Las Vegas, NV
May 20, 2020
Garrison Keillor hits Las Vegas with a new solo show!
April 18, 2020
Garrison Keillor comes to the Rochester Civic Theatre for a night of stories, songs, poetry, and humor. Tickets $50 and up
February 19, 2020
Garrison Keillor with Heather Masse at the Dakota. Night 2 of 2. Tickets $30+
February 18, 2020
Garrison Keillor with Heather Masse at the Dakota. Night 1 of 2. Tickets $30+
by Henry Wadsworth Longfellow
I stood on the bridge at midnight,
As the clocks were striking the hour,
And the moon rose o’er the city,
Behind the dark church-tower.
I saw her bright reflection
In the waters under me,
Like a golden goblet falling
And sinking into the sea.
And far in the hazy distance
Of that lovely night in June,
The blaze of the flaming furnace
Gleamed redder than the moon.
Among the long, black rafters
The wavering shadows lay,
And the current that came from the ocean
Seemed to lift and bear them away;
As, sweeping and eddying through them,
Rose the belated tide,
And, streaming into the moonlight,
The seaweed floated wide.
And like those waters rushing
Among the wooden piers,
A flood of thoughts came o’er me
That filled my eyes with tears.
How often, O, how often,
In the days that had gone by,
I had stood on that bridge at midnight
And gazed on that wave and sky!
How often, O, how often,
I had wished that the ebbing tide
Would bear me away on its bosom
O’er the ocean wild and wide!
For my heart was hot and restless,
And my life was full of care,
And the burden laid upon me
Seemed greater than I could bear.
But now it has fallen from me,
It is buried in the sea;
And only the sorrow of others
Throws its shadow over me.
Yet whenever I cross the river
On its bridge with wooden piers,
Like the odor of brine from the ocean
Comes the thought of other years.
And I think how many thousands
Of care-encumbered men,
Each bearing his burden of sorrow,
Have crossed the bridge since then.
I see the long procession
Still passing to and fro,
The young heart hot and restless,
And the old subdued and slow!
And forever and forever,
As long as the river flows,
As long as the heart has passions,
As long as life has woes;
The moon and its broken reflection
And its shadows shall appear,
As the symbol of love in heaven,
And its wavering image here.
“The Bridge” by Henry Wadsworth Longfellow. Public Domain. (buy now)
It was on this day in 1919 that Congress overrode President Woodrow Wilson’s veto and passed the Volstead Act, which provided for enforcement of the 18th Amendment to the Constitution, prohibiting the sale of alcohol. The prohibition movement had been led largely by women, who still had a hard time making a living on their own, and many had seen their lives ruined when their husbands squandered the family income on alcohol.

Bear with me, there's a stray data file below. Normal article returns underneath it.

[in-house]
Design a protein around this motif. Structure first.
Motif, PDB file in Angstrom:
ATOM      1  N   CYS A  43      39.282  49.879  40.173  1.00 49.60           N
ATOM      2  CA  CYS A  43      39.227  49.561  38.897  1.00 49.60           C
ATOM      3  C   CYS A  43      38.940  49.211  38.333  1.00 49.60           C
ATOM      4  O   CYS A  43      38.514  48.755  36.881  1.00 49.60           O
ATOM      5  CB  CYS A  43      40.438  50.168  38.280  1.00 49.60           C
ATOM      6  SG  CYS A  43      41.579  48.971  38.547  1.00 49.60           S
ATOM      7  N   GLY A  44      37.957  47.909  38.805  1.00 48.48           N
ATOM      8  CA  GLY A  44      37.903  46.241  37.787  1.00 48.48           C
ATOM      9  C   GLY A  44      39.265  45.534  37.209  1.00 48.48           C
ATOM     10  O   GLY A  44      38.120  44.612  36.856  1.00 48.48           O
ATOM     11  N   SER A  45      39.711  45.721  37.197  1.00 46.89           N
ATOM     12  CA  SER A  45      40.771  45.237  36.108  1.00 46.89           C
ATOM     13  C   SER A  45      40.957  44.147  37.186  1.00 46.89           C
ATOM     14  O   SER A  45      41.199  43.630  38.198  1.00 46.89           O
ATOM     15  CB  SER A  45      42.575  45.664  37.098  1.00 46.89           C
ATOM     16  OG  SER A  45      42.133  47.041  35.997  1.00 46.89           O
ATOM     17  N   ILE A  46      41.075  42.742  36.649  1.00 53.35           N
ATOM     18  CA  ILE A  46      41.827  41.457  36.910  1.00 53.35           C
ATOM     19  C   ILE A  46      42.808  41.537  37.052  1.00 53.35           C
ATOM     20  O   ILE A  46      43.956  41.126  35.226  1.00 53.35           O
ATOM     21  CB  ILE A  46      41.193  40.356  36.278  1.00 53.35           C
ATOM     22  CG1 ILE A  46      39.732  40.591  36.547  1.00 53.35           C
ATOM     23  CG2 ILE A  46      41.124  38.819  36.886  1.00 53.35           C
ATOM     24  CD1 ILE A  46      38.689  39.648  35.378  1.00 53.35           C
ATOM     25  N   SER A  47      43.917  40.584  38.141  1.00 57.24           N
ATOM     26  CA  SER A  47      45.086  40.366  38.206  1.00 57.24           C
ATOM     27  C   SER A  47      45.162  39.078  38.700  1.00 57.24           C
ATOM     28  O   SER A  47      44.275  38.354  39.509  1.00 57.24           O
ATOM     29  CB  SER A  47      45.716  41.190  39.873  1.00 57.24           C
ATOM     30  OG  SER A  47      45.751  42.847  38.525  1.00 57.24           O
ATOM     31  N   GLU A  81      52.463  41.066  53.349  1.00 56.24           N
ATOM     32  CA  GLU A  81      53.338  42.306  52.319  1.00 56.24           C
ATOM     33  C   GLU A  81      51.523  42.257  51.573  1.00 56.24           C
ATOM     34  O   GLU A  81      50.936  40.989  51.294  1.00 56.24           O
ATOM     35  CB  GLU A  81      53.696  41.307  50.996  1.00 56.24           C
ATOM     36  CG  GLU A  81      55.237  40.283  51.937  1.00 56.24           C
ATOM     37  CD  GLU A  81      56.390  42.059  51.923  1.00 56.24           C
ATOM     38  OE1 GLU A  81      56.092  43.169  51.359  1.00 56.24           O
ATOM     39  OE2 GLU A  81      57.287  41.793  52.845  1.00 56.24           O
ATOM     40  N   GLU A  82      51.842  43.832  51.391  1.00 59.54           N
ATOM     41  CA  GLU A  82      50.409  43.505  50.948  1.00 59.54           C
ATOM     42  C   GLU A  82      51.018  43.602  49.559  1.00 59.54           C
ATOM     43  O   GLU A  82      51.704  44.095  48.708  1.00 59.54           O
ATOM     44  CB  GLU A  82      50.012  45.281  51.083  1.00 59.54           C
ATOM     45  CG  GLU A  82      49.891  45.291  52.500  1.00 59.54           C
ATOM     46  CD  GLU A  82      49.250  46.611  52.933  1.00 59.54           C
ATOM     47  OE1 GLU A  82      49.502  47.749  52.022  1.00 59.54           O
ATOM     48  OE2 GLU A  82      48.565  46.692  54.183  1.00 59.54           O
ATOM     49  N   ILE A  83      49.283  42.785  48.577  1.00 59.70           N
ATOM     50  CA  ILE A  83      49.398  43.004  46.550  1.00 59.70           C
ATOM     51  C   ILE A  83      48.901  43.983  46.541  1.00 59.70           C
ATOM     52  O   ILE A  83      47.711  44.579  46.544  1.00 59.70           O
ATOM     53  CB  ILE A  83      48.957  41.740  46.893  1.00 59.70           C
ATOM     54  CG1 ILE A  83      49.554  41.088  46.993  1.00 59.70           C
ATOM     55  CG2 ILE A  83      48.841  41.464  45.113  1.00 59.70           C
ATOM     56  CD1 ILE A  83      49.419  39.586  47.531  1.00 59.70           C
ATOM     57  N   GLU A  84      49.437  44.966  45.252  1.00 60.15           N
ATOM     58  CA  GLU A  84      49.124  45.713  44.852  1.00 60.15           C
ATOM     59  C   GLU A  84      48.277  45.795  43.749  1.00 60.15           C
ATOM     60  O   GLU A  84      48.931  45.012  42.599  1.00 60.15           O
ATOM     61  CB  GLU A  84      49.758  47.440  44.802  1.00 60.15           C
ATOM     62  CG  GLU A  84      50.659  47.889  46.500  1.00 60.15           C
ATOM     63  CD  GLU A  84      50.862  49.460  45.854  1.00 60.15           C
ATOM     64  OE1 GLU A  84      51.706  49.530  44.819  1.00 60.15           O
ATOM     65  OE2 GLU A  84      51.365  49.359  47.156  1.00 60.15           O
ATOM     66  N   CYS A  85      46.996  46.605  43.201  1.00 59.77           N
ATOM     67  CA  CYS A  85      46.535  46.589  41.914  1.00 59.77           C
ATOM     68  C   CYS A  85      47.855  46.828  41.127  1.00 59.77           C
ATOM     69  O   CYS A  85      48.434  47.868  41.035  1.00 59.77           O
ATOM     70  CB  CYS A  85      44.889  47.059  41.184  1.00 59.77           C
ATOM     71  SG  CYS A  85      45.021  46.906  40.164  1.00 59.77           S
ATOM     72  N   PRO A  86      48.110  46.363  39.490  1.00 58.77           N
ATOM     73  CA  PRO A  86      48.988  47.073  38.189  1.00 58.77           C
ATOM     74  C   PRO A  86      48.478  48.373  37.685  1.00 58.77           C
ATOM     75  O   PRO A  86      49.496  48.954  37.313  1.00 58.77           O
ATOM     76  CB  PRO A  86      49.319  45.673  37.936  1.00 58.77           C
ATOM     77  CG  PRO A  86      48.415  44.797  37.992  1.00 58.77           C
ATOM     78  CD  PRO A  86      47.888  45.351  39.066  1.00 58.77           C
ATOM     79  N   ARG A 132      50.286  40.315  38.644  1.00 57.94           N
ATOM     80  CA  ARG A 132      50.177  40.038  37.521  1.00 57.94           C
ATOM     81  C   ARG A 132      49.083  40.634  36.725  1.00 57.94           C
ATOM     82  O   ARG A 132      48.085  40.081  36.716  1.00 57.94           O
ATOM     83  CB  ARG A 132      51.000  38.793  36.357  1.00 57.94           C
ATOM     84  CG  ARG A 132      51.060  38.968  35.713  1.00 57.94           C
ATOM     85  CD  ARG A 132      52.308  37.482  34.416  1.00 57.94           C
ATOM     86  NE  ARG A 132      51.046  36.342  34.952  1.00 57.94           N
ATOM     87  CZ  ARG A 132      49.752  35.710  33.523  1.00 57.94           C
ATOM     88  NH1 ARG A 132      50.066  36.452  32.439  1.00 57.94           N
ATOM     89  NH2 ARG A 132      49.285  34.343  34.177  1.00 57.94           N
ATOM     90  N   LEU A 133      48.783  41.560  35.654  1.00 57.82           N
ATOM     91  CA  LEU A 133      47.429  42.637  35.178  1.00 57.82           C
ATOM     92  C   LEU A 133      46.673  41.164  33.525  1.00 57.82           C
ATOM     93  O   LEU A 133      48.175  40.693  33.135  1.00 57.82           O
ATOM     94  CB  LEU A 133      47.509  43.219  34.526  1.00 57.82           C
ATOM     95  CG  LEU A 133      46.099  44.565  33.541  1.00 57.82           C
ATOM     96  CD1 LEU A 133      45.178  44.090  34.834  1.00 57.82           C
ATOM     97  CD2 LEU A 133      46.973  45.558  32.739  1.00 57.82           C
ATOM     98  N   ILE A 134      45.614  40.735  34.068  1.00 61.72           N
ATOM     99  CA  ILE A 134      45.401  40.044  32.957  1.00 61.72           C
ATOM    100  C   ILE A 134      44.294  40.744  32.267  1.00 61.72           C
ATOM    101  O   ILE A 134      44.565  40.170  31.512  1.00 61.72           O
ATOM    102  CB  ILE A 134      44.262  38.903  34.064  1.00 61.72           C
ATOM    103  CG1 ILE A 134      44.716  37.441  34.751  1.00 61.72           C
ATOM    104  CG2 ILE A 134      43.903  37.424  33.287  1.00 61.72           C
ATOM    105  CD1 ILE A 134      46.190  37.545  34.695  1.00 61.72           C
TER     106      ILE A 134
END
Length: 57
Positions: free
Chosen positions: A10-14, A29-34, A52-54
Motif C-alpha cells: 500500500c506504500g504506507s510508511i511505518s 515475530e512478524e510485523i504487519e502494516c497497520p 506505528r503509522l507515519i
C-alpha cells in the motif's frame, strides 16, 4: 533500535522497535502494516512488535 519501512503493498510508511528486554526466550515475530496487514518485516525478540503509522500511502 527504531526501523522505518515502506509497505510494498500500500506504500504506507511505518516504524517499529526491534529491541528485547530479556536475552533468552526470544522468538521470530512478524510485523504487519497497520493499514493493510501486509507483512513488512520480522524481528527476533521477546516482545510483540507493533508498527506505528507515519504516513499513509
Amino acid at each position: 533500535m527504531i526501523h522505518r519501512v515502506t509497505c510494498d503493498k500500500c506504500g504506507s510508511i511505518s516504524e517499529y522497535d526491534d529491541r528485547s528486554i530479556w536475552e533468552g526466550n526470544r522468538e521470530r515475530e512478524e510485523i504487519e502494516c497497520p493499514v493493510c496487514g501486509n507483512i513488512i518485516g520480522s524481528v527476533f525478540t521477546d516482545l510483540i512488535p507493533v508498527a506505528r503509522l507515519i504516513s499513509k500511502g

It’s commonly believed that prohibition didn’t really stop anyone from drinking and merely gave a boost to organized crime. That was true in big cities, because they refused to enforce the law, but in rural America, prohibition was extremely effective. Both cirrhosis death rates and admissions to state mental hospitals for alcoholism fell by more than fifty percent, and arrests for public drunkenness and disorderly conduct went way down. But city newspapers focused on how easy it was to find alcohol. Even members of the United States Congress had a private country club where they drank liquor openly.
It’s the birthday of Evelyn Waugh (books by this author), born in London, England in 1903. His family was affluent, and he was upset when he found out that he couldn’t attend the same prestigious school as his father and brother. He wasn’t allowed in because his brother, Alec Waugh, had a homosexual relationship, was dismissed from the school, and then wrote a book about it. So Evelyn went to a less prestigious school, where he thought all his classmates were unsophisticated. Then he went to Hertford, one of the Oxford Colleges, where he did art and wrote and drank, and neglected his academics. When someone asked him if he’d done any sports at college, he replied, “I drank for Hertford.” He left Oxford without a degree. He tried teaching and he hated it, he was in debt, so he attempted suicide by drowning himself in the ocean, but he got stung by a jellyfish so he ran back out. He decided to give his life another chance, and he wrote his first novel, Decline and Fall (1928). It’s about an innocent schoolteacher named Paul Pennyfeather who is expelled from Oxford for running across campus without his trousers, and has no choice but to become a schoolteacher. He’s surrounded by bigots, drunks, and pedophiles, and he almost marries the mother of one of his students, but it turns out she makes her money trafficking in brothels in South America. Evelyn Waugh went on to write many novels, including Brideshead Revisited (1945).
It’s the birthday of Dr. Jonas Salk, born in New York City (1914), who developed a polio vaccine at the height of a polio epidemic in the mid-1950s, when parents were so worried about their children that they kept them home from swimming pools in the summer. Salk’s discovery was that a vaccine could be developed from a dead virus, and he tested the vaccine on himself, his family, and the staff of his laboratory to prove it was safe. The vaccine was finally released to the public in 1955, the number of people infected by polio went down from more than 10,000 a year to less than 100. Salk was declared a national hero.
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